March 8, 2005 | 10:59 A.M. EST
Jerry Banks, Boise, Idaho
I'm not a fan of NASCAR road racing so I thought the actual product we watched on Sunday was pretty dismal. The race wasn't a true reflection of what showcases NASCAR racing at its best, high speed, close and side-by-side oval track racing. Unfortunately Mexico doesn't have such a facility, so in order for NASCAR to export its brand of racing, the Busch Series was forced to adapt to road racing.
But there is no arguing the fact that the event was a huge success. Sunday's crowd of more than 100,000 was tremendous and Saturday's qualifying turnout was in excess of 35,000, which is more than a race at Milwaukee or Memphis or even IRP will draw.
The opportunity to expose NASCAR racing to the Mexican fan base is huge and the right thing to do. In order to grow this business, exporting internationally is going to be essential. Canada will be next and Mexico will most certainly be back on the Busch Series schedule in 2006.
I have no problem with Mexico being added to the schedule but I am nervous this expansion will take place at the expense of "traditional" tracks like Darlington, Martinsville, Pocono, etc. Don't you think NASCAR needs to concentrate on the U.S. fan base first before taking the show on the global road?
Mike Bloomfield, Batavia, Illinois
NASCAR will not take the NEXTEL Cup Series across the border before it accomplishes the goal of getting a track built in the Pacific Northwest and New York City. That most likely won't happen until the end of the decade, so the first foray into Mexico or Canada for Cup won't happen until after 2010.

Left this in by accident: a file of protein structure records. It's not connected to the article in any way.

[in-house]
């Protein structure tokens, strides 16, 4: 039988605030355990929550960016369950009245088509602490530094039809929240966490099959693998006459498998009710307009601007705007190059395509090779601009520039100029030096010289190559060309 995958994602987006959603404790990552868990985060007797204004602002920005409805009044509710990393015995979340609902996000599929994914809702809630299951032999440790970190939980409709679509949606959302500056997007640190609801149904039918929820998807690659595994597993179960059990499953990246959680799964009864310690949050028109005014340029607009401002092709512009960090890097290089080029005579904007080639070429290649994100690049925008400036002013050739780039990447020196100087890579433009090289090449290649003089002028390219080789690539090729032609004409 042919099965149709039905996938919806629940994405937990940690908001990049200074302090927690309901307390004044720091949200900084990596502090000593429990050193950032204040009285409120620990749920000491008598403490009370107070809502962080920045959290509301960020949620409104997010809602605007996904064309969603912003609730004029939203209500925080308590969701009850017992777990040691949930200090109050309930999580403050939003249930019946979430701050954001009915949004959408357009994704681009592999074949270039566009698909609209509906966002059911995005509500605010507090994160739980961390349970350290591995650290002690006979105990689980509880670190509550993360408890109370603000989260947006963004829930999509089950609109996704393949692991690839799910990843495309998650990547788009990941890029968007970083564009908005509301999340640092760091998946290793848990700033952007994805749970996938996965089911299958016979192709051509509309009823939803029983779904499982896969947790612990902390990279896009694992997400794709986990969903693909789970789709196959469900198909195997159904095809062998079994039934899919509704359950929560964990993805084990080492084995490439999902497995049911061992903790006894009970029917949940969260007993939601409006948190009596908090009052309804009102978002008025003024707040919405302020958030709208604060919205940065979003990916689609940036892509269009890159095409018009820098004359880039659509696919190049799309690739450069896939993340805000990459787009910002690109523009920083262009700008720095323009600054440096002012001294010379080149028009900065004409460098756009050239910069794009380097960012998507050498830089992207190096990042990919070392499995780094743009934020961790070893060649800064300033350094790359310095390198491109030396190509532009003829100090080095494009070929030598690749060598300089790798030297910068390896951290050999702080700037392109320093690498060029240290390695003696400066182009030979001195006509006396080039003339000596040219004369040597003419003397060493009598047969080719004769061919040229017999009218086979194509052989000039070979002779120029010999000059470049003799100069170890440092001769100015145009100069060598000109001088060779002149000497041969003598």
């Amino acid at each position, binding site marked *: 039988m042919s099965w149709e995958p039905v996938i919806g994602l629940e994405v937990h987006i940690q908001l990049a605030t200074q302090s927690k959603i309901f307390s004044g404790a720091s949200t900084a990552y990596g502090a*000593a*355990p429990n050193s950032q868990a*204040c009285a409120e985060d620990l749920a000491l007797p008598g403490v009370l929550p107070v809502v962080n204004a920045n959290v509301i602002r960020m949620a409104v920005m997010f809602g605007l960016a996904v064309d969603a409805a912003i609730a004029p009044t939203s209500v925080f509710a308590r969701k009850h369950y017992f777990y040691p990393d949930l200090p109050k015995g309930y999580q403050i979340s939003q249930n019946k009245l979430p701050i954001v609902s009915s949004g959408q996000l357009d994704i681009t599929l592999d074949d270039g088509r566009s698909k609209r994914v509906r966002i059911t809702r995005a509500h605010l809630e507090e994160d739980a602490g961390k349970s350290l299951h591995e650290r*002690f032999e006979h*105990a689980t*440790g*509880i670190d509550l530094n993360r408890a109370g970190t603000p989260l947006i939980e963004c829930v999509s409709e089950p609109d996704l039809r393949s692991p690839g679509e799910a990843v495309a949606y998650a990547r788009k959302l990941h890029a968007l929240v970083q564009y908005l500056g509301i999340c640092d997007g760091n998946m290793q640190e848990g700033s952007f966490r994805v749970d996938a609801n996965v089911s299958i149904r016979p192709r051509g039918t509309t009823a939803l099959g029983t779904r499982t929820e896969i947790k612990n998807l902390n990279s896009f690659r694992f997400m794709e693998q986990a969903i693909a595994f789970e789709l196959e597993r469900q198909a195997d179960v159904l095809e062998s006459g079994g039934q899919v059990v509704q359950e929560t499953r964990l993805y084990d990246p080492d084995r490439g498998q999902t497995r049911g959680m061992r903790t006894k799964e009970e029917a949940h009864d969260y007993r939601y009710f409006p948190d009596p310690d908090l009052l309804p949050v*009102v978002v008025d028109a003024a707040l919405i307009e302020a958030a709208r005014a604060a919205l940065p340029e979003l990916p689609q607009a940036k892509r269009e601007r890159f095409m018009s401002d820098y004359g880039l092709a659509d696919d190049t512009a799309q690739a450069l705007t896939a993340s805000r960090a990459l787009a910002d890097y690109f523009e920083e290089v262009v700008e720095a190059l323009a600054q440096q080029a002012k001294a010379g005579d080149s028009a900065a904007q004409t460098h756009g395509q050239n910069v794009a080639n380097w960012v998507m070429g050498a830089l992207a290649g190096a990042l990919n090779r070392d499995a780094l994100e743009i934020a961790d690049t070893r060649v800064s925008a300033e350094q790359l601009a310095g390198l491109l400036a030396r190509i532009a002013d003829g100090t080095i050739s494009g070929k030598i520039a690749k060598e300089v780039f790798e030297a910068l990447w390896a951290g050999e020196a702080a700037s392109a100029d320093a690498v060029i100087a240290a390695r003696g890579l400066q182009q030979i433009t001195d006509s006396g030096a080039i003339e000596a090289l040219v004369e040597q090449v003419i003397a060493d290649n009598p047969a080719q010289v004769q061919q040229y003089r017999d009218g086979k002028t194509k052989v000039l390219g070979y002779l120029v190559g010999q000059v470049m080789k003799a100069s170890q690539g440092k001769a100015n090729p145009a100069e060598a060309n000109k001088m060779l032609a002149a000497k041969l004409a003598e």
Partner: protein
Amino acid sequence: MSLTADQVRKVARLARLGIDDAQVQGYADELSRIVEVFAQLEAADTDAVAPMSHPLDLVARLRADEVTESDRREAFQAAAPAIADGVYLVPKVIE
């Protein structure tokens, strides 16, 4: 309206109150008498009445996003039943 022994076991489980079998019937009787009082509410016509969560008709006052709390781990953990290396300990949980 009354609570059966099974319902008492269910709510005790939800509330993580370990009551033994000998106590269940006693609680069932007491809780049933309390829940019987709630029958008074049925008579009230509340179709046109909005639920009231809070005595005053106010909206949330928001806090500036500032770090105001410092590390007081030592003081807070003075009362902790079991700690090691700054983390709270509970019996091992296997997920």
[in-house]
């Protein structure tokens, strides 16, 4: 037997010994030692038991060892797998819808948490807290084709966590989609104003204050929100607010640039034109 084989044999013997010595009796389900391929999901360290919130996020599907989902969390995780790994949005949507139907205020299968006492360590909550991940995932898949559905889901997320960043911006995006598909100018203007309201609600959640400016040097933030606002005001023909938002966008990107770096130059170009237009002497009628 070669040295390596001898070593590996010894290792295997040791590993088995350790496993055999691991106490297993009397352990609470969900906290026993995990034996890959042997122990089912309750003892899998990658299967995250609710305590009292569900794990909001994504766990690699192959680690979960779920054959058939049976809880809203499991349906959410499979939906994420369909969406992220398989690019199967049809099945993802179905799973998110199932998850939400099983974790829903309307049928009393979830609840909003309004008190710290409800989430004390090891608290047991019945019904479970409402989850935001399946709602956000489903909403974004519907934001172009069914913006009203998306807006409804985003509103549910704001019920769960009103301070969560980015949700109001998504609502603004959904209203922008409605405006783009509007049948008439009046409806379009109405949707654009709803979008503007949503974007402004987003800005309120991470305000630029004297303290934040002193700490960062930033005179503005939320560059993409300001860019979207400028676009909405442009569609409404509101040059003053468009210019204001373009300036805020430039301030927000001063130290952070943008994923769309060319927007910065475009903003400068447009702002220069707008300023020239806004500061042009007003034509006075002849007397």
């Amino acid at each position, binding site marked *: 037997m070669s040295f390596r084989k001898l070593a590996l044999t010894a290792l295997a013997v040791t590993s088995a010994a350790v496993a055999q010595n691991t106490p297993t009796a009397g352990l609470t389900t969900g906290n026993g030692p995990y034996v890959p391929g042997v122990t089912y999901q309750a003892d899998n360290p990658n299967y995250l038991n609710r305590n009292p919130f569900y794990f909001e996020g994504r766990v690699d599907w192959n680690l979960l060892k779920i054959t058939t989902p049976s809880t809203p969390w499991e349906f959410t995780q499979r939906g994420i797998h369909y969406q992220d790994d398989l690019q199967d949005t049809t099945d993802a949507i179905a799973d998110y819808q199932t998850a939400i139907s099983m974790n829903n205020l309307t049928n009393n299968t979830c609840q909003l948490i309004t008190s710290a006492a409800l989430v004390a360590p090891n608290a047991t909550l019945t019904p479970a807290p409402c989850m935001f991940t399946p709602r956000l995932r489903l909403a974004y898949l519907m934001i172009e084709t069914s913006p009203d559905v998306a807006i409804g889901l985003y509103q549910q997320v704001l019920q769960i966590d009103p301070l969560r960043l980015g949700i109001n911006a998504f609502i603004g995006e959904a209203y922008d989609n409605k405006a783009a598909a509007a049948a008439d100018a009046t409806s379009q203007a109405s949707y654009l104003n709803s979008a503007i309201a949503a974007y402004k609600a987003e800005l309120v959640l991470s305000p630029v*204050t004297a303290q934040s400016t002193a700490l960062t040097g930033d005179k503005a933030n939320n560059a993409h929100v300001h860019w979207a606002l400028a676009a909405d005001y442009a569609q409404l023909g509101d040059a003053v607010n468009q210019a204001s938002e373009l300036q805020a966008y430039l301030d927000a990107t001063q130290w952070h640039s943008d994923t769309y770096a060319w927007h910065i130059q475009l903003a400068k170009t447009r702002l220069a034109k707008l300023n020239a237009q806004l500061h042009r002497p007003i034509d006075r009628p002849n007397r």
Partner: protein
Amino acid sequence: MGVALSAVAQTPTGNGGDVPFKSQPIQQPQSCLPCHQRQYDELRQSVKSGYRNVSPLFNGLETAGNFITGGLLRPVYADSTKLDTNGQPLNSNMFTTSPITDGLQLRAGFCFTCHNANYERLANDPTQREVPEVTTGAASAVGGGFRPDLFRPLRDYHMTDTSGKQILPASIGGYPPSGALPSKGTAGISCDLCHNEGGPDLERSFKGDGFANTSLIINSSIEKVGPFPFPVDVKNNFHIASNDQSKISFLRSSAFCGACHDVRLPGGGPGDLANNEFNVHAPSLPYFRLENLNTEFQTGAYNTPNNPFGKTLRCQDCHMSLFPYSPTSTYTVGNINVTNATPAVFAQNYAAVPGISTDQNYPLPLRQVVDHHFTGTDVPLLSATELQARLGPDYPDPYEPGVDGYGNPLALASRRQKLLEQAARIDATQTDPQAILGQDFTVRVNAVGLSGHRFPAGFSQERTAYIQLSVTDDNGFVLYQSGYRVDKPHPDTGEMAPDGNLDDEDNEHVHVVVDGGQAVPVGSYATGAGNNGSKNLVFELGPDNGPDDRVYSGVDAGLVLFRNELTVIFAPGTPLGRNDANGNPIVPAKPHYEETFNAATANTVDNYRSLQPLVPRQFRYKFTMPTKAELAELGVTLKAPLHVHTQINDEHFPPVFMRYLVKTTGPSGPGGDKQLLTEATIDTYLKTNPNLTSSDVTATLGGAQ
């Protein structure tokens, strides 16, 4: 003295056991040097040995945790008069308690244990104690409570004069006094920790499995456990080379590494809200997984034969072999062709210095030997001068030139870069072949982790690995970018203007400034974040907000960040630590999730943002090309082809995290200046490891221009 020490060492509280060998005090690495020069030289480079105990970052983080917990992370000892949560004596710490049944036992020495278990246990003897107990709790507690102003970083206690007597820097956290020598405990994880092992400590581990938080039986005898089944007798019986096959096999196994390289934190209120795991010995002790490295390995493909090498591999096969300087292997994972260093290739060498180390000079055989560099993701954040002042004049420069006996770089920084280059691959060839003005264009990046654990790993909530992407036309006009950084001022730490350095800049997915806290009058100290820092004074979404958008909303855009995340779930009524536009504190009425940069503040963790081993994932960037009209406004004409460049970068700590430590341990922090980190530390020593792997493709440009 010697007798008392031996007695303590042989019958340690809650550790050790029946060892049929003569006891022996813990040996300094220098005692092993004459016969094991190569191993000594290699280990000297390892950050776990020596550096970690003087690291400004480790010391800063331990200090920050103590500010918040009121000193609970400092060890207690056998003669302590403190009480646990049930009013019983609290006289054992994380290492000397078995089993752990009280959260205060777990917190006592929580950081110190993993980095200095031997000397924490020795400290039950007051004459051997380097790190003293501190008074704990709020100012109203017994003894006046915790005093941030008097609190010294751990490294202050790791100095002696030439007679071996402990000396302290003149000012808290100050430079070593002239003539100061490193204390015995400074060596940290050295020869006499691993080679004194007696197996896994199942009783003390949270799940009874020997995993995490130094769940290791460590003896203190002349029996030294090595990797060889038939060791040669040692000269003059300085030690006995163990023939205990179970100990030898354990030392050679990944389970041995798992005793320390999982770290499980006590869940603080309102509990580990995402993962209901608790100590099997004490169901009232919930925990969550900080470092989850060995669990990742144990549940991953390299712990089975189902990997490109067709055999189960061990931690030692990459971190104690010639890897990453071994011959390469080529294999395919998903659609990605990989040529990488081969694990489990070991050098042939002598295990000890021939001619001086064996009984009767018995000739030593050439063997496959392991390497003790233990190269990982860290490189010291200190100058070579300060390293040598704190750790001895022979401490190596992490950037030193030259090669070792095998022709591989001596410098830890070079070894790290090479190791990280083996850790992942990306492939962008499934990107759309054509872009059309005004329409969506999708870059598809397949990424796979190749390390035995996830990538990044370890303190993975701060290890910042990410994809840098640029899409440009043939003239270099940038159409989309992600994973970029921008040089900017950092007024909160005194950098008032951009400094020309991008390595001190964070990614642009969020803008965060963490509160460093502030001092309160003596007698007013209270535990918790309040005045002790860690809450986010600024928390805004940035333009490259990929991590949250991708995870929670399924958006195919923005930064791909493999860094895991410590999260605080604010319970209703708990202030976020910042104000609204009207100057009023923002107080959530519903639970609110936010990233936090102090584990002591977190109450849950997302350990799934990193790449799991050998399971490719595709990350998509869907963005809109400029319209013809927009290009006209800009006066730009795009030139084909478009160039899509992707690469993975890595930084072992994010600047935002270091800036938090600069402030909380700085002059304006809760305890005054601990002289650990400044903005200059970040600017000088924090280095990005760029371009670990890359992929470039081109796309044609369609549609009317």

The sad truth is the expansion will certainly have to be at the expense of at least a race being taken from Pocono or New Hampshire or maybe Martinsville, small markets that in my opinion don't warrant two Cup visits a year. If every track can keep at least one race, and not be shuttered like Rockingham, I have no problem with adding dates. The all-star race should not take up its own weekend and needs to run the Friday before the Coca-Cola 600. That would free up another weekend.
The days of having a myopic view of NASCAR, which unfortunately has been expressed at RacingOne by a previous contributor for some time, are over. Like it or not, the sport is in the mainstream now and management has to do whatever necessary to maintain and grow that position.
Meshing the past and the future however is still vital for the sport's overall success. It's a complicated balancing act that we must hope NASCAR can find.
Is Danica Patrick the real deal?
Benny Forrest, Willow Spring, California
Danica certainly showed in her IRL debut that she is capable of handling an IndyCar at a high-speed oval like Homestead, not a bad jump for someone who has primarily a road racing background. Unfortunately she got caught up in an accident that wasn't her fault which ended her day and may keep her out of the car for the next race in Phoenix.
The IRL wants to market her very badly and attract a younger, hipper and possbly female audience. She can do that only by succeeding on the race track (see Sarah Fisher). Danica Patrick has talent and much better equipment than Sarah ever did, so her chances at making it are excellent.
Do you think the new F-1 rules will stop the Ferrari steamroller this year?
Gary Williams, Jupiter, Florida
The rules will definitely make this season very interesting. But the rules didn't stop Michael Schumacher in Australia, a crash with Nick Heidfeld did. Without that incident, the Ferarri would have been in the mix no doubt. However, the rule changes will make it a bit more difficult for Schumacher and company to dominate.